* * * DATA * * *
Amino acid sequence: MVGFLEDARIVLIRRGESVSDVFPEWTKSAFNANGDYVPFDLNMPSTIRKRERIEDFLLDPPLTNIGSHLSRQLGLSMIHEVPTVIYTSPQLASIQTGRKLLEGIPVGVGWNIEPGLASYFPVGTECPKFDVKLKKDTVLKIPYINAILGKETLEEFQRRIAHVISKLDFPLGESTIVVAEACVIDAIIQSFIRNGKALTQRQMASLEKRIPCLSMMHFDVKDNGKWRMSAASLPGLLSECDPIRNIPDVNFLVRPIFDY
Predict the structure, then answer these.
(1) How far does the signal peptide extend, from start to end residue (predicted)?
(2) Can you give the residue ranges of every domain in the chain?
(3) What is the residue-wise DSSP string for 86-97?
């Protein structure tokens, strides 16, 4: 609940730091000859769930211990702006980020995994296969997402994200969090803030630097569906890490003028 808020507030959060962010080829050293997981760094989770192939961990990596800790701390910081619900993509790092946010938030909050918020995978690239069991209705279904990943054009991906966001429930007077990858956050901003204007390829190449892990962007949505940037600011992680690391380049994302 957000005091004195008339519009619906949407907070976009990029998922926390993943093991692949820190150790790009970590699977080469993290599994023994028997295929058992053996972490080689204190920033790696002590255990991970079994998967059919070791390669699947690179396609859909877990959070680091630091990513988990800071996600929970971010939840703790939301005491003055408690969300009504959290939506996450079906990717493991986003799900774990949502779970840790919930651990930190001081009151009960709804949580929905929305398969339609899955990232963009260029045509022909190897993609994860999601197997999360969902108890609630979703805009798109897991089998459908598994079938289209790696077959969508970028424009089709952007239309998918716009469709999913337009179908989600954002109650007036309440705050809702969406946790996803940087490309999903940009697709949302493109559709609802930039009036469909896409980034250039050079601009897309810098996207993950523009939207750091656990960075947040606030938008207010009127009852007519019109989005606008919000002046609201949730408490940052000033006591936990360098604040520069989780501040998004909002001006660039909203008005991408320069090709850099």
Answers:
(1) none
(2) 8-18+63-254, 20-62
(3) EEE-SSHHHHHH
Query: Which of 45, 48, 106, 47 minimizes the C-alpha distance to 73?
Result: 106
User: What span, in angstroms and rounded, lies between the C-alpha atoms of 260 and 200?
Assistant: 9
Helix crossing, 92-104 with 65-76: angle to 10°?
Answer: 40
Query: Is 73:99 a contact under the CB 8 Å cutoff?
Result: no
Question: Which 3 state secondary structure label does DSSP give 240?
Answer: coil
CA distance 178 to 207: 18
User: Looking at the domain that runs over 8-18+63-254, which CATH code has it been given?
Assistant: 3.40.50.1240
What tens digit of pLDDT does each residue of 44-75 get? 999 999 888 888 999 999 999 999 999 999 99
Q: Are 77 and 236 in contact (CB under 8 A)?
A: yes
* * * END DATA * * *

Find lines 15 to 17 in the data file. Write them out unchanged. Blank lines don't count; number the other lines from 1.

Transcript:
Helix crossing, 92-104 with 65-76: angle to 10°?
Answer: 40
Query: Is 73:99 a contact under the CB 8 Å cutoff?